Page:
Sunday, July 01, 2007

Hong Kong On Air

Well I'm a proud editor today!

Do you remember the collection of Silverfish short stories Collateral Damage which I put together some time back? Do you remember the long extract from AM Asia, set in a Hong Kong radio station just before the handover? I loved the humour and the pace of the piece and wondered how it was going to develop.

Muhammad Cohen (left) wrote to tell me that his novel in progress is at last a novel in reality and just published by Blacksmith Books. Here's the blurb about Hong Kong on Air:
As the Hong Kong handover boom fizzles into the Asian economic bust, a young American couple's marriage and careers tumble into a maze of television news, betrayal, high finance, and cheap lingerie.

TV news veteran Muhammad Cohen's engaging, often hilarious novel captures the mood ahead of the July 1, 1997 handover when Hong Kong reigned as the centre of the universe, a multicultural melting pot bubbling with pure gold. As the Asian crisis abruptly ends the party, mainland China emerges, eclipsing Hong Kong. For everyone whose job or business falls under China's lengthening economic shadow, Hong Kong On Air presents a fresh angle on how it all began. For media watchers, Hong Kong On Air broadcasts the backstage secrets of television news the way The Amazing Adventures of Kavalier & Clay illustrated the dark side of comic books.

For newspaper reporter turned TV producer Laura Wellesley, the morning show at Franklin Global Networks Asia means going to bed before dark and swallowing the first rule of broadcast news: the anchor is always right, especially when it's American-born Chinese egomaniac Deng Jiang Mao. The station's fortunes and Laura's outlook improve with the arrival of Peter Franklin, the 28-year-old son of FGN's billionaire founder. But Franklin's eye falls on mainland-born graphics drone Pussy, Laura's control room nemesis, and a butterfly emerges from the web he spins.

For Laura's husband Jeff Golden, the production line for his Golden Beauties lingerie runs through a cagey mother minding their stores on Long Island, cookie tins stuffed with cash smuggled over the border, and hot tubs in Hong Kong's Jewish Community Club and mainland brothels. Cut out of his own multi-million dollar deal, Jeff's consolation prize is Yogi, a Japanese banker with a yen for "Jew food" and men raised on it.

During Hong Kong's pre-handover boom, FGN Asia becomes a hit, a star is born, and mistakes are easy to overlook. But the economic crisis ripens relationships for treachery, creates opportunities for revenge, and moves China centre stage, triggering a great leap forward for some, a long march to failure for others.
The book will be launched in Hong Kong this August and in Bali at the Ubud Writers and Readers festival. The book can also be shipped for free.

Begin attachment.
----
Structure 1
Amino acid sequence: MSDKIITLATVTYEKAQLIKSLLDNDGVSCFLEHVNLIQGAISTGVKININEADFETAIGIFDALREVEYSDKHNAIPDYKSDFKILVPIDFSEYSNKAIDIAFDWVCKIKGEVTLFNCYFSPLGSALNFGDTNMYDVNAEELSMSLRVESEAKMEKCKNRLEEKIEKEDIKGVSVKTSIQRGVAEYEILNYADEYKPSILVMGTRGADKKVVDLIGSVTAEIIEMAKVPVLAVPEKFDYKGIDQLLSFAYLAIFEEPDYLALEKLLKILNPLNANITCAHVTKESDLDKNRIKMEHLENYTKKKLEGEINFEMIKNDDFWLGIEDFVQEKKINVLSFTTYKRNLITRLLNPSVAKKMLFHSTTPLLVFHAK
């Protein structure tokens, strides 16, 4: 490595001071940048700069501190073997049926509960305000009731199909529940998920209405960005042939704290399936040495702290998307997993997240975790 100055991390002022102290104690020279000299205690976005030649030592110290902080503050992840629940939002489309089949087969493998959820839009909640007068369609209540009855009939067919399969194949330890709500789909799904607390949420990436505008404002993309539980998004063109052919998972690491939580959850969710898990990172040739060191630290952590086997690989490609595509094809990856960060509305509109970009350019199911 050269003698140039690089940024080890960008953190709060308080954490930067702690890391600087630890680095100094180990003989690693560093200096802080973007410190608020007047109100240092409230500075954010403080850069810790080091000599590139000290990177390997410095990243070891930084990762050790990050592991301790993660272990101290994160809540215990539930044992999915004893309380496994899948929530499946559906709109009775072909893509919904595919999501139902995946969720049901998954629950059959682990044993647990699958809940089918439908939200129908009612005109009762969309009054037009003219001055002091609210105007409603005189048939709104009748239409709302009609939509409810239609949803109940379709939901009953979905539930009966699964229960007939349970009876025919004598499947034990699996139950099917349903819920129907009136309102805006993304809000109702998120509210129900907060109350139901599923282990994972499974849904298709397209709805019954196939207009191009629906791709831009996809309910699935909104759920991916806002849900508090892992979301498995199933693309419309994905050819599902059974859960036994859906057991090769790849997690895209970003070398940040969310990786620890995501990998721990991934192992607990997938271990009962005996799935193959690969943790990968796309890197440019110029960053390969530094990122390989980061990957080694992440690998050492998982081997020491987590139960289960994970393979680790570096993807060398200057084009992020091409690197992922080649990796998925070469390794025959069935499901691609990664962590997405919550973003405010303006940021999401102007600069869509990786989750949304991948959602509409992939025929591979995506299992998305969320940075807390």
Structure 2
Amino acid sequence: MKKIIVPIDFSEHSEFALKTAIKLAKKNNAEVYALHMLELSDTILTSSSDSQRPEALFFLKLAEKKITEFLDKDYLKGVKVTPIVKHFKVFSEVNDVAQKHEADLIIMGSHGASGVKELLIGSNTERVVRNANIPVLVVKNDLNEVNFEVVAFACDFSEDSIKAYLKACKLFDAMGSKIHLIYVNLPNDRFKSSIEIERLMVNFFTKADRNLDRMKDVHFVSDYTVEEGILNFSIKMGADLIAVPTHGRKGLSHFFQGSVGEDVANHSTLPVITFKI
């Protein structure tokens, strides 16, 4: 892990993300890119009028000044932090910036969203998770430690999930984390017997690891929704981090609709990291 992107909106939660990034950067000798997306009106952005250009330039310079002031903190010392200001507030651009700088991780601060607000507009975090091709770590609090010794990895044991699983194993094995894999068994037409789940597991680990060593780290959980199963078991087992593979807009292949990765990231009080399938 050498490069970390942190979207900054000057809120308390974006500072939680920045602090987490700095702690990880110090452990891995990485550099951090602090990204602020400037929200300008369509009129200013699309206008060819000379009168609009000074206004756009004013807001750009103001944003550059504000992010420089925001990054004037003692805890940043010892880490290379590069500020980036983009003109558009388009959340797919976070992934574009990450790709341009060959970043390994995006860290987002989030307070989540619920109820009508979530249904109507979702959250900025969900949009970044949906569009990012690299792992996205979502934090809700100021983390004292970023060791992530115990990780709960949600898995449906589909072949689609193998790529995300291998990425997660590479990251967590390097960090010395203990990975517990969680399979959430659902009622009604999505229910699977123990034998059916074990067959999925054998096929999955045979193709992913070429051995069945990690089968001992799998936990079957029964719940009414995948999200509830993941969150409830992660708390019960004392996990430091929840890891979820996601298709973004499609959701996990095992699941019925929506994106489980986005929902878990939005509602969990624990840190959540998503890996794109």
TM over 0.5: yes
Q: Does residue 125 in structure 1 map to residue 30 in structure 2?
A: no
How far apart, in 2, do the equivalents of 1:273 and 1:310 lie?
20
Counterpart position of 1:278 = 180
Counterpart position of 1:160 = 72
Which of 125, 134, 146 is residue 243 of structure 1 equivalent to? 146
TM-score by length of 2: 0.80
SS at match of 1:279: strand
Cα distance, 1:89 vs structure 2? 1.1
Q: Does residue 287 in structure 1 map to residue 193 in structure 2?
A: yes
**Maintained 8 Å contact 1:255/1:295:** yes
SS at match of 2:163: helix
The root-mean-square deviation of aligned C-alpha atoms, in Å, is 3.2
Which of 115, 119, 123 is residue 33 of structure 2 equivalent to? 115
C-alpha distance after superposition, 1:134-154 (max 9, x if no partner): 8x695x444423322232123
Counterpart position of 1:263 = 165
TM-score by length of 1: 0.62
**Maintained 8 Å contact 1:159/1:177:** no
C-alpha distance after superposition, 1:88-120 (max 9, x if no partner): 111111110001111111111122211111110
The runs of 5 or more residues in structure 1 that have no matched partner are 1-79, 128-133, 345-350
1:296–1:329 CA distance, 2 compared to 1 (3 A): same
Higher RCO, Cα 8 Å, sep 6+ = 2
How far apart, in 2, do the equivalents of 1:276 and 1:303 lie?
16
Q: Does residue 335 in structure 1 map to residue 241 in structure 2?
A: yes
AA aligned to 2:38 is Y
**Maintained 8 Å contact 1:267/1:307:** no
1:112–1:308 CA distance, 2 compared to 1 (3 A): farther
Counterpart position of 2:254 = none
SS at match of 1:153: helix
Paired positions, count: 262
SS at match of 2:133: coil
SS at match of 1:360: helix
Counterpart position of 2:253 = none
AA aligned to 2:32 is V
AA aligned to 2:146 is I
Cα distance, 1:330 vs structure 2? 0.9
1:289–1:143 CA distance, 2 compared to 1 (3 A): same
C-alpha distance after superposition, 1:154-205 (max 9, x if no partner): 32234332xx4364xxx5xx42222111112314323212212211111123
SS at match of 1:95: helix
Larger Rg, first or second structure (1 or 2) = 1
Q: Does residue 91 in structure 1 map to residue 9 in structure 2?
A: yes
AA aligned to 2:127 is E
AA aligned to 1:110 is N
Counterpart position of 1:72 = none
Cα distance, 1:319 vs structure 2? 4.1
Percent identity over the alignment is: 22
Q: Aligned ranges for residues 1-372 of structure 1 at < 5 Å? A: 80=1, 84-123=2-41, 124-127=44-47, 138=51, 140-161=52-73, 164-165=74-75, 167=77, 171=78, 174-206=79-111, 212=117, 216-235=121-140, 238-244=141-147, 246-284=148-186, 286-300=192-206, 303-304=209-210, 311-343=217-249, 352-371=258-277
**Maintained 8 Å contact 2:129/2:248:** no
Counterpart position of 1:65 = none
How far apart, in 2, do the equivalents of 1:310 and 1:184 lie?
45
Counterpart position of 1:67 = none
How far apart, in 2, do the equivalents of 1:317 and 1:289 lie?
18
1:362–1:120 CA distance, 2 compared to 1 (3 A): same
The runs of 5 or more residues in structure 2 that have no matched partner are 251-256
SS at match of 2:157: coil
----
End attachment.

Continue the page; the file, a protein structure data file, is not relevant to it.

Amir Muhammad said...

Muhammad Cohen has such an intriguing name!

The two words almost sound like one of those short-short stories.

He also wrote this highly critical piece about Malaysian tourism.

Unless, of course, there are two writers with the same name. But I doubt it.

bibliobibuli said...

same person, amir

yes, the name is interesting ... he wrote under a different pseudonym previously

Unknown said...

This is a great piece of news! Congrats to the author and the discerning editor!

Anonymous said...


Poppadumdum said...

The name is a combination of Muslim and Jewish names, isn't it?

bibliobibuli said...

tis indeed papadumdum, he is jewish american, must be a convert and lives in bali.

Anonymous said...

why must the villain be a "Chinese egomaniac"?


bibliobibuli said...

would you have been upset if it was an indian egomaniac or a british egomaniac (like me)?

i reckon this is one reason why no-one wants to write the great malaysian novel. once you have to have a baddy what race do you make him/her?

Unknown said...

I echo your sentiments Sharon. Journalism in Malaysia is controlled to the extent that we are not allowed to mention the race of a perpetrator of a crime. We are a nation that protects, protects and protects. Hence we have molly-coddled citizens.
But it is not something limited to Malaysia, I feel. I remember old Hindhi shows from my childhood, where immorality was often shown as Mat Sallehs dancing away in night clubs in their bikinis - hahahahahhaha.

I would like to think that as people of Malaysia, we have progressed and we can see beyond any race or religion and as individuals.

Anonymous said...

i would feel the same if it was any other race. the story involves Mat Sallehs, then suddenly in the middle of it all is a Chinese egomaniac. thats why i brought up the point.

but then we'll have to read the book to see what it 's all really about, won't we?


Anonymous said...

Muhammad Cohen an interesting name ? actually most writers have interesting names, Amir Thilagadurai, Tiara Thariq, Bernice Chauly -- you'd have never guessed their last/surnames if you just had the given/first names.

bibliobibuli said...

viz - probably a valid point. we'll read the book and see, right?

anon - it's probably not coincidence entirely. to have a funnily unmatched names means you live between two cultures. when you live between two cultures, you have to negotiate who you are and you see both cultures perhaps more clearly. these qualities push you to write.

Anonymous said...

That's true isn't it ? people write because they're sort of stuck, and need to make sense of who they are and what they do, they don't have a ready-made stereotype to conform to.

And I can't believe I left Sharon Bakar out of the list.